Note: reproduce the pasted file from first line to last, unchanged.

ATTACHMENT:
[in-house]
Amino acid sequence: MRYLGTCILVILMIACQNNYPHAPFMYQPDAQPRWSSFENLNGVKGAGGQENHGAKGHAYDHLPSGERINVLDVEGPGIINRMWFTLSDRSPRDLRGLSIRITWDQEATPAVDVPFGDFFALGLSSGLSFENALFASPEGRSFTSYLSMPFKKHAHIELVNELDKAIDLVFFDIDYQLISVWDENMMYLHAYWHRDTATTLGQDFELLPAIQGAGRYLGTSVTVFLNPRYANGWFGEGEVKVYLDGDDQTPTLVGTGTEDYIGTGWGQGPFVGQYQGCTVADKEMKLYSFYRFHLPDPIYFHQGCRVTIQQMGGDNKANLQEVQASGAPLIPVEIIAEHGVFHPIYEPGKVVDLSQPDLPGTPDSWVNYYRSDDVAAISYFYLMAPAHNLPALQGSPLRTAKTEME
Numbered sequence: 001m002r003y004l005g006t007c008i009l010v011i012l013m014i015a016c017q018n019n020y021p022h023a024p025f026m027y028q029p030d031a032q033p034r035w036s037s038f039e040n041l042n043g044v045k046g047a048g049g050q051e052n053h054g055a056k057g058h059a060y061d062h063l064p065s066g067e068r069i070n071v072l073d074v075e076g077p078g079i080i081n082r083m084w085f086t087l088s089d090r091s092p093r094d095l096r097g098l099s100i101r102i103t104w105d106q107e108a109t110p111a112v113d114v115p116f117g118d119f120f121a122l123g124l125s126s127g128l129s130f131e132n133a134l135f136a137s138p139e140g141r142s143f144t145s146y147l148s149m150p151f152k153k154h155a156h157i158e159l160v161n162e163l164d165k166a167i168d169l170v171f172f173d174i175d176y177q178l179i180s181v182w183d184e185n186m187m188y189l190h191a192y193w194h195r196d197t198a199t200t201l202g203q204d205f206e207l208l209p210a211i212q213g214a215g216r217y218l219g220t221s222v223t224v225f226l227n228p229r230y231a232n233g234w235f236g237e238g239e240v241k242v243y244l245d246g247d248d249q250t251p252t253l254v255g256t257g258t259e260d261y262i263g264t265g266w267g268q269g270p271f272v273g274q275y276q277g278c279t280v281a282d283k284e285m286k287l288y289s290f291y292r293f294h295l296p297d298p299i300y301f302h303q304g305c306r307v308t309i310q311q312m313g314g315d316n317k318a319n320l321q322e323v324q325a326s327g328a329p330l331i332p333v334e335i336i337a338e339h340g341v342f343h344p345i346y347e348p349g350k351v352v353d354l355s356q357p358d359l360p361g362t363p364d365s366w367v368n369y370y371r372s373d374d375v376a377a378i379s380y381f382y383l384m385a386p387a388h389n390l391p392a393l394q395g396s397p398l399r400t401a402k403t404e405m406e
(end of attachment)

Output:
[in-house]
Amino acid sequence: MRYLGTCILVILMIACQNNYPHAPFMYQPDAQPRWSSFENLNGVKGAGGQENHGAKGHAYDHLPSGERINVLDVEGPGIINRMWFTLSDRSPRDLRGLSIRITWDQEATPAVDVPFGDFFALGLSSGLSFENALFASPEGRSFTSYLSMPFKKHAHIELVNELDKAIDLVFFDIDYQLISVWDENMMYLHAYWHRDTATTLGQDFELLPAIQGAGRYLGTSVTVFLNPRYANGWFGEGEVKVYLDGDDQTPTLVGTGTEDYIGTGWGQGPFVGQYQGCTVADKEMKLYSFYRFHLPDPIYFHQGCRVTIQQMGGDNKANLQEVQASGAPLIPVEIIAEHGVFHPIYEPGKVVDLSQPDLPGTPDSWVNYYRSDDVAAISYFYLMAPAHNLPALQGSPLRTAKTEME
Numbered sequence: 001m002r003y004l005g006t007c008i009l010v011i012l013m014i015a016c017q018n019n020y021p022h023a024p025f026m027y028q029p030d031a032q033p034r035w036s037s038f039e040n041l042n043g044v045k046g047a048g049g050q051e052n053h054g055a056k057g058h059a060y061d062h063l064p065s066g067e068r069i070n071v072l073d074v075e076g077p078g079i080i081n082r083m084w085f086t087l088s089d090r091s092p093r094d095l096r097g098l099s100i101r102i103t104w105d106q107e108a109t110p111a112v113d114v115p116f117g118d119f120f121a122l123g124l125s126s127g128l129s130f131e132n133a134l135f136a137s138p139e140g141r142s143f144t145s146y147l148s149m150p151f152k153k154h155a156h157i158e159l160v161n162e163l164d165k166a167i168d169l170v171f172f173d174i175d176y177q178l179i180s181v182w183d184e185n186m187m188y189l190h191a192y193w194h195r196d197t198a199t200t201l202g203q204d205f206e207l208l209p210a211i212q213g214a215g216r217y218l219g220t221s222v223t224v225f226l227n228p229r230y231a232n233g234w235f236g237e238g239e240v241k242v243y244l245d246g247d248d249q250t251p252t253l254v255g256t257g258t259e260d261y262i263g264t265g266w267g268q269g270p271f272v273g274q275y276q277g278c279t280v281a282d283k284e285m286k287l288y289s290f291y292r293f294h295l296p297d298p299i300y301f302h303q304g305c306r307v308t309i310q311q312m313g314g315d316n317k318a319n320l321q322e323v324q325a326s327g328a329p330l331i332p333v334e335i336i337a338e339h340g341v342f343h344p345i346y347e348p349g350k351v352v353d354l355s356q357p358d359l360p361g362t363p364d365s366w367v368n369y370y371r372s373d374d375v376a377a378i379s380y381f382y383l384m385a386p387a388h389n390l391p392a393l394q395g396s397p398l399r400t401a402k403t404e405m406e